Share employee stories in National Disability Employment Awareness Month, October, and celebrate disabled team members all year long.
October is National Disability Employment Awareness (NDEA) Month, making this month an ideal time to celebrate the contributions of disabled team members. Of course, every month is the best month to share stories of how your culture and its policies support team members with non-traditional abilities.
Stories of how these team members experience work, inclusion and belonging at your company are critical elements of your Diversity, Equity and Inclusion communications. Additionally, they give candidates and employees clarity about the accommodations and benefits available to them, and examples of ways they may find support.
Whether you’re communicating inclusion for employees with differences in physical, mental, social abilities, it’s important to create content that provides their perspectives. So, here are some ideas and examples of employee stories for National Disability Awareness Month, which is also content to be shared all year long.
Create compilations of stories of disabled team members across your organization
Stories Incorporated helped Labcorp capture stories from team members with disabilities all over the company, and launched this compilation of stories for International Day of Persons with Disabilities (December 3rd). Employees with a variety of non-traditional abilities and health needs share exactly how they have experienced belonging, inclusion and support. Their stories serve as critical DEI content across Labcorp’s channels throughout the year.
Show the accommodations possible for team members who are physically disabled
At Dell Technologies, the True Ability Employee Resource Group (ERG) not only provides support and community for differently-abled team members. It also consults the Dell Benefits team of accommodations employees need, and provides employees information about the accommodation benefits available to them. To show employees and candidates the accommodations Dell Technologies makes for its remote employees, Stories Incorporated helped Dell capture photos that bring those accommodations to life.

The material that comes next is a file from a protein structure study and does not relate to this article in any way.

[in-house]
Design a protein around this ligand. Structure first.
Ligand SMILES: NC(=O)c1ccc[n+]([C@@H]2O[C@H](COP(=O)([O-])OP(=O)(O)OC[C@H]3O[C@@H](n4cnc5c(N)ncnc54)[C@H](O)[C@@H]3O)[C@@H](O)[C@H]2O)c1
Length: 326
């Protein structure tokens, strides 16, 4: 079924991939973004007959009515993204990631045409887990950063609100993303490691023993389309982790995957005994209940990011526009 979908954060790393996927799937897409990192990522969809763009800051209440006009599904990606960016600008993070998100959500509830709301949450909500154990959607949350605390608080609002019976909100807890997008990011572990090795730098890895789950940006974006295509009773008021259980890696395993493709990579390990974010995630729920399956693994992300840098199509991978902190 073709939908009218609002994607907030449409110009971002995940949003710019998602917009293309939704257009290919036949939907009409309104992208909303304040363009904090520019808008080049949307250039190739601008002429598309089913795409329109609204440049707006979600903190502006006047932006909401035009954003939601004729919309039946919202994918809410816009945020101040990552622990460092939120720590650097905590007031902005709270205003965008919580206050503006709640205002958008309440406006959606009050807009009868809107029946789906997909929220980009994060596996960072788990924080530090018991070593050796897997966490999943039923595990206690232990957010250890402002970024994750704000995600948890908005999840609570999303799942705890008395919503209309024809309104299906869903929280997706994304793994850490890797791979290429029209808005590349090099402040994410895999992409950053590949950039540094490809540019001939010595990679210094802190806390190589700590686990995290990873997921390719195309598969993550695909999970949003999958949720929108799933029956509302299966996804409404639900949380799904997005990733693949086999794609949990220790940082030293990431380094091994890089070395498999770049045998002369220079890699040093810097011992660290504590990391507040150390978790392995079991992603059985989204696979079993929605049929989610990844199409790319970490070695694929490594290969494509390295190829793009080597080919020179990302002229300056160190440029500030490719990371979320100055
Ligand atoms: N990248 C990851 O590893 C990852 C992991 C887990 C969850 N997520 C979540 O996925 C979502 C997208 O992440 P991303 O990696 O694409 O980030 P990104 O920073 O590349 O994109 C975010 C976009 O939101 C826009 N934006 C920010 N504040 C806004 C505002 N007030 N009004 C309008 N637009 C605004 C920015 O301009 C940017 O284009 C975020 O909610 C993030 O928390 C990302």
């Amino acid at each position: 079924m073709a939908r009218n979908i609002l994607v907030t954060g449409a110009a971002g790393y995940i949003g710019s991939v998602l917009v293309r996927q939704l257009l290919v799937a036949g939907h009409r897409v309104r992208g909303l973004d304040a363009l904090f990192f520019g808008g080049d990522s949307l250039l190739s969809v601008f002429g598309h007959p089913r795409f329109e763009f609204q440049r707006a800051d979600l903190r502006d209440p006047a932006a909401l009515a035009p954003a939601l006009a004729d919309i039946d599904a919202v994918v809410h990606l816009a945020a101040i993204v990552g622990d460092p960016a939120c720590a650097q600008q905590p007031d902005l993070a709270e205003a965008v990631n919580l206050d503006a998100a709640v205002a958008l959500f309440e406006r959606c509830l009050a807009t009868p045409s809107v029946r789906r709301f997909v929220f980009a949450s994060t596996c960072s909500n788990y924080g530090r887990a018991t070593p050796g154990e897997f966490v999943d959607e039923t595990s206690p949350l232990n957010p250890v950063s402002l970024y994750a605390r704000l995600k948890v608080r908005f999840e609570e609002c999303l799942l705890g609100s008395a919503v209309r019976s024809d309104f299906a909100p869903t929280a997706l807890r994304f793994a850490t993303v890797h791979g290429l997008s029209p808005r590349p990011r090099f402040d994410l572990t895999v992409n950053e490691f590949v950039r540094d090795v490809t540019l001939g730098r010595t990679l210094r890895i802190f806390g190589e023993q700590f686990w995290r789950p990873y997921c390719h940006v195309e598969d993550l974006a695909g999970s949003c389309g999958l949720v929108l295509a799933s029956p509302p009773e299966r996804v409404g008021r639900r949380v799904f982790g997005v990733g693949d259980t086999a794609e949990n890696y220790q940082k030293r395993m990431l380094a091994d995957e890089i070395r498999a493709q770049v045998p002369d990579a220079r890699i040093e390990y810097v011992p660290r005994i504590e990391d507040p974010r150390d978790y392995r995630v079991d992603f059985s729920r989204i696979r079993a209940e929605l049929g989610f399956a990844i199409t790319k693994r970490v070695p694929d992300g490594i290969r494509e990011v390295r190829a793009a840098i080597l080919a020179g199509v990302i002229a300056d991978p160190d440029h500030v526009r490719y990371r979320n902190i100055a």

Show how your company and culture support mental health
A disability at work is defined as any condition of the body or mind that makes it more difficult for the person with the condition to do or participate in certain activities. This includes mental conditions both permanent, such as anxiety disorders, or temporary conditions, such as some forms of depression.
In their compilation video, Trane Technologies uses team member voices from all around the company to show how strongly their culture values mental health for its team members.
Include disabled groups when telling the stories of your ERGs
When Akamai wanted to tell the overall story of its inclusion and ERGs, they made sure to include their ERGs for disabled employees. And, the these team members’ specific stories are content that Akamai can use as stand-alone content, too.
Show how your company cares for team members battling serious illnesses
How your company supports employees with chronic and acute illnesses is another important aspect of disability employment awareness. This topic has the potential to apply to every single employee, and so stories of your company’s support when illness strikes is key culture content. Jill of Labcorp’s story of battling cancer communicates that her manager and workplace were empathetic and accommodating, and also willing to keep her on as an employee during treatment and on her terms.
Share stories from team members with non-obvious conditions
Not all conditions that impact team members lives are visible. Thus, sharing stories of employees who are supported and thriving at work while living with a non-obvious condition lets candidates know that they’ll be supported, too.
In this standalone story, Julian, a design specialist at Merck, shares his story of his interests, passions, and narcolepsy. His condition is shown as just one aspect of him, and shows how he is supported in bringing his whole self to work.
Give neurodivergent employees opportunities to share their stories
When neurodivergent team members and employees on the autism spectrum are invited to share their stories of life at work, the content yields multiple benefits. Neurodivergent candidates and employees can learn information about inclusion and support at the company from voices they relate to. All audiences can gain insight about what inclusion and belonging looks like holistically. And, the team members sharing their stories are provided with important recognition, too.
Unlike the other videos shared, the following example didn’t get help from the Stories team, but it’s a good one nonetheless. Amy Johnson, a product designer at Allstate, candidly shares her story of her autism diagnosis, how it impacts her life, and how her neurodivergency is supported and embraced at work.
Ready to start capturing important stories of inclusion?
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